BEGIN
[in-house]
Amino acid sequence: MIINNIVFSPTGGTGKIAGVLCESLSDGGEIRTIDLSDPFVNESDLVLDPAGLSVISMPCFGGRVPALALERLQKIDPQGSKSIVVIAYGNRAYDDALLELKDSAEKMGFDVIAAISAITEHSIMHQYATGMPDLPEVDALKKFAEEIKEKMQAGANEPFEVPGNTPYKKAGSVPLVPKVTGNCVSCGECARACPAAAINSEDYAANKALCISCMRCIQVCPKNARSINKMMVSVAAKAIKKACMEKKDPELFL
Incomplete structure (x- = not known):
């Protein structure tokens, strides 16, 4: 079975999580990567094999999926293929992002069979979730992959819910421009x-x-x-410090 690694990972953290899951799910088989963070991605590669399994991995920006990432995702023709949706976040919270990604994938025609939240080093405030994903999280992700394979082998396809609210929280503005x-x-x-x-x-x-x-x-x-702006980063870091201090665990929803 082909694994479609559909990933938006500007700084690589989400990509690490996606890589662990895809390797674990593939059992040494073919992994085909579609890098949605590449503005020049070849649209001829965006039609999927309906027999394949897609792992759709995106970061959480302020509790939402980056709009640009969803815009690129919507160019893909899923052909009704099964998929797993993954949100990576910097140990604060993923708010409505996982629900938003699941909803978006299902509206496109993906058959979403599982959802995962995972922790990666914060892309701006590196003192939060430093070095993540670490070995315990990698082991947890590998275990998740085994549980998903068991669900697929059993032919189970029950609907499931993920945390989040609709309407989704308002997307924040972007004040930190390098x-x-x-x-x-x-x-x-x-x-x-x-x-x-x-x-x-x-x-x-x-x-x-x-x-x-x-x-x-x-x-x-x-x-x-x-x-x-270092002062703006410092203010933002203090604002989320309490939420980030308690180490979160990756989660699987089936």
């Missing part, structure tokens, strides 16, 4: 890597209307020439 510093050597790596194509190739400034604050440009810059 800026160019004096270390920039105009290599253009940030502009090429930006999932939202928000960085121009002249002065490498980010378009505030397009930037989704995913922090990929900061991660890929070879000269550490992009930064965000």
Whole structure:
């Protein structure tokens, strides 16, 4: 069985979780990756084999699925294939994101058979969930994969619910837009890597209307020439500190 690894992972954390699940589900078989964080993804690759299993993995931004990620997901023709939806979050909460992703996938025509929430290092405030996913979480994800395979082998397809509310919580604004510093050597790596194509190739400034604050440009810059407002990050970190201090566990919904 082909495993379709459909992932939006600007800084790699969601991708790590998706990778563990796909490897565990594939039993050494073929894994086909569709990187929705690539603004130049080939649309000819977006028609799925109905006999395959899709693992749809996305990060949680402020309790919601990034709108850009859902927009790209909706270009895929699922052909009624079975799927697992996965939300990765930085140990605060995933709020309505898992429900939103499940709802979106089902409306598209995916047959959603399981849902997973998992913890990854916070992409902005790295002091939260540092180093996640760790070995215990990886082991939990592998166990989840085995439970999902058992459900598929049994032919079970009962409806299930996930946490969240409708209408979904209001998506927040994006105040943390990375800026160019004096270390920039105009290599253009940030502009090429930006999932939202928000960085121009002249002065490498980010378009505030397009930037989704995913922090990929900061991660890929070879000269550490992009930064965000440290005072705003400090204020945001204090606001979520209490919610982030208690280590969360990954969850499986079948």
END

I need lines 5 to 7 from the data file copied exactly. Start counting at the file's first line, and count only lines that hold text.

């Missing part, structure tokens, strides 16, 4: 890597209307020439 510093050597790596194509190739400034604050440009810059 800026160019004096270390920039105009290599253009940030502009090429930006999932939202928000960085121009002249002065490498980010378009505030397009930037989704995913922090990929900061991660890929070879000269550490992009930064965000």
Whole structure:
């Protein structure tokens, strides 16, 4: 069985979780990756084999699925294939994101058979969930994969619910837009890597209307020439500190 690894992972954390699940589900078989964080993804690759299993993995931004990620997901023709939806979050909460992703996938025509929430290092405030996913979480994800395979082998397809509310919580604004510093050597790596194509190739400034604050440009810059407002990050970190201090566990919904 082909495993379709459909992932939006600007800084790699969601991708790590998706990778563990796909490897565990594939039993050494073929894994086909569709990187929705690539603004130049080939649309000819977006028609799925109905006999395959899709693992749809996305990060949680402020309790919601990034709108850009859902927009790209909706270009895929699922052909009624079975799927697992996965939300990765930085140990605060995933709020309505898992429900939103499940709802979106089902409306598209995916047959959603399981849902997973998992913890990854916070992409902005790295002091939260540092180093996640760790070995215990990886082991939990592998166990989840085995439970999902058992459900598929049994032919079970009962409806299930996930946490969240409708209408979904209001998506927040994006105040943390990375800026160019004096270390920039105009290599253009940030502009090429930006999932939202928000960085121009002249002065490498980010378009505030397009930037989704995913922090990929900061991660890929070879000269550490992009930064965000440290005072705003400090204020945001204090606001979520209490919610982030208690280590969360990954969850499986079948």